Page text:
A Collaboration with the University of Pittsburgh

ICTY denies Karadzic appeal to delay war crimes trial

[JURIST] The Appeals Chamber of the International Criminal Tribunal for the former Yugoslavia (ICTY) [official website] on Wednesday denied [judgment, PDF] an appeal by former Bosnian Serb leader Radovan Karadzic [case materials; JURIST news archive] to postpone his war crimes trial. Karadzic appealed the trial date last month, claiming a February court ruling that increased the remuneration for his defense lawyers also gave him extra time to prepare for his case. Karadzic had claimed that he needed more time to read through more than 400,000 pages of documents turned over by the prosecution. In rejecting his argument, the appeals chamber of the ICTY said:

[We] are satisfied that the trial chamber took into account all the relevant factors including the February 2010 decision on the staffing of Karadzic's defense team and possible remedies for the period when his team was understaffed. As a result, the Trial Chamber made no error in assessing that further postponement of the trial was not justified. Karadzic has failed to demonstrate that the Trial Chambers abused its discretion in reaching this conclusion.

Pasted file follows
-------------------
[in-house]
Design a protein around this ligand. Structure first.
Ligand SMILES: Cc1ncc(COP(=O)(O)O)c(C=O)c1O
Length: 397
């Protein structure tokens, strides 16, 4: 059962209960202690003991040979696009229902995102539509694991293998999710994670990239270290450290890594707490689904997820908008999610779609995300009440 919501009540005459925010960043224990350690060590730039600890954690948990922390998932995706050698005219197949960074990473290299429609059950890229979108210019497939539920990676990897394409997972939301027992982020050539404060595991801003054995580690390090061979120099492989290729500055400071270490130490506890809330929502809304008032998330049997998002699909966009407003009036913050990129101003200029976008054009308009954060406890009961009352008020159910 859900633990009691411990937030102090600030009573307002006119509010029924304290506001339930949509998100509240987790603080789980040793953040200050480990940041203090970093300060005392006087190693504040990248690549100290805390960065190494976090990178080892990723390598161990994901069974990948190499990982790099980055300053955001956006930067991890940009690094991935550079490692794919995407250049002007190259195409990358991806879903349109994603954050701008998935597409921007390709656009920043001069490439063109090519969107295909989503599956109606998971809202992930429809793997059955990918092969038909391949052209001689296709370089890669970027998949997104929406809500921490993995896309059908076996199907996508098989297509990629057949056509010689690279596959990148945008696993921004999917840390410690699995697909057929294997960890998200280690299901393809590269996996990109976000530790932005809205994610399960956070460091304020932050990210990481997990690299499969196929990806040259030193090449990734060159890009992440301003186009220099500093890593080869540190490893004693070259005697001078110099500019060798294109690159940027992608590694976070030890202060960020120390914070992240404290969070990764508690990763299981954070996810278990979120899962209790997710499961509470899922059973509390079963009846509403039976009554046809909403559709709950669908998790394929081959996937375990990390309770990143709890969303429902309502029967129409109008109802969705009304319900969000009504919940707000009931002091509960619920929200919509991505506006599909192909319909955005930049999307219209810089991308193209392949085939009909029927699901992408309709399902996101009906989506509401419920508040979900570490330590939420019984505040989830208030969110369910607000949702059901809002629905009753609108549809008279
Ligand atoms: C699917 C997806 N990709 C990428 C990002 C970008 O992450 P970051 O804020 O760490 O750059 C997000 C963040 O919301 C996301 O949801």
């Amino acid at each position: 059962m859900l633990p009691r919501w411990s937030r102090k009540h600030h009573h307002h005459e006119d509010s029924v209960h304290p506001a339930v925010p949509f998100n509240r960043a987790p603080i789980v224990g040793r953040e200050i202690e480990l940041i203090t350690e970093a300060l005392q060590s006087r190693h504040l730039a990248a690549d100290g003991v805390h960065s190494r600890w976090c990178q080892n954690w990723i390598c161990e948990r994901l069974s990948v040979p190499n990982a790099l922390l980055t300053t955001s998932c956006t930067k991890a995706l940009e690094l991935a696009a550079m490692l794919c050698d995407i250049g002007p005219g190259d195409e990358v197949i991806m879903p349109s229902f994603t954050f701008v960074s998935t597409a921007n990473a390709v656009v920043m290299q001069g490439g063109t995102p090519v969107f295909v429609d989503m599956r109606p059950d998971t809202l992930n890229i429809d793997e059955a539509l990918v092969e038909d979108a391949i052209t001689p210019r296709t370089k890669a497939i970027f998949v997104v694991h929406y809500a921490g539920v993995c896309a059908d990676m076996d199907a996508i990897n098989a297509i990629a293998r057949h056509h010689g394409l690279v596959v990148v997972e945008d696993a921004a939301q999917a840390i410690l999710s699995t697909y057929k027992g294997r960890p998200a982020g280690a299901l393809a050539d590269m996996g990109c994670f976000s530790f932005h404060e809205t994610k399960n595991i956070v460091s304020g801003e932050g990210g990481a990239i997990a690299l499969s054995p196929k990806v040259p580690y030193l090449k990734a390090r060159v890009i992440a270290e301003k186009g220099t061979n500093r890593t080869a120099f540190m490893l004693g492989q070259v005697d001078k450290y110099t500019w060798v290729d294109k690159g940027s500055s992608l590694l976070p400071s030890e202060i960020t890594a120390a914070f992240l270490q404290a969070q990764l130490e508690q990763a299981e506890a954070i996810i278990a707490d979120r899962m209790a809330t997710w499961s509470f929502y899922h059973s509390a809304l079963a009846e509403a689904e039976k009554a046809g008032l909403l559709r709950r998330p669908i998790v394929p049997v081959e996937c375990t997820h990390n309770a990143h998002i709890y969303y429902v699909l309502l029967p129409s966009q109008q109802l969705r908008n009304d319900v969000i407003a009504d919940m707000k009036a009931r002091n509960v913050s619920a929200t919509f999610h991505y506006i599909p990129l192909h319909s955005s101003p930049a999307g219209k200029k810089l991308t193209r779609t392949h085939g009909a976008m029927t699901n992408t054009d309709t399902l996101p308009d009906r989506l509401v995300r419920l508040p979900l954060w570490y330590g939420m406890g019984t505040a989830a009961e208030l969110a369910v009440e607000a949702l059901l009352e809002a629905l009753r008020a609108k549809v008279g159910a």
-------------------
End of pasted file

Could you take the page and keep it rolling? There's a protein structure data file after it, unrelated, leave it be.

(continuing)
The Appeals Chamber ordered that the trial resume on April 13 [press release], while Karadzic had requested that proceedings be delayed until June 17.

The ICTY recently heard opening statements [JURIST report] in Karadzic's war crimes trial on charges related to crimes committed during the 1992-1995 Bosnian conflict. Karadzic claims that attacks against Bosnian Muslims were "staged," denying [JURIST reports] any involvement in war crimes allegedly committed during the 1992-1995 Bosnian conflict. In February, Karadzic appeared before the ICTY seeking access to documents [JURIST report] he claimed showed evidence of weapons smuggling to Bosnian Muslims. Also in February, the ICTY rejected [JURIST report] Karadzic's imposition of a court-appointed defense lawyer, claiming the right to legal assistance of his own choosing. Karadzic is defending himself against 11 counts [amended indictment, PDF], including genocide and murder.

About Paper Chase

Paper Chase is JURIST's real-time legal news service, powered by a team of 30 law student reporters and editors led by law professor Bernard Hibbitts at the University of Pittsburgh School of Law. As an educational service, Paper Chase is dedicated to presenting important legal news and materials rapidly, objectively and intelligibly in an accessible format.

© Copyright JURIST Legal News and Research Services, Inc., 2013.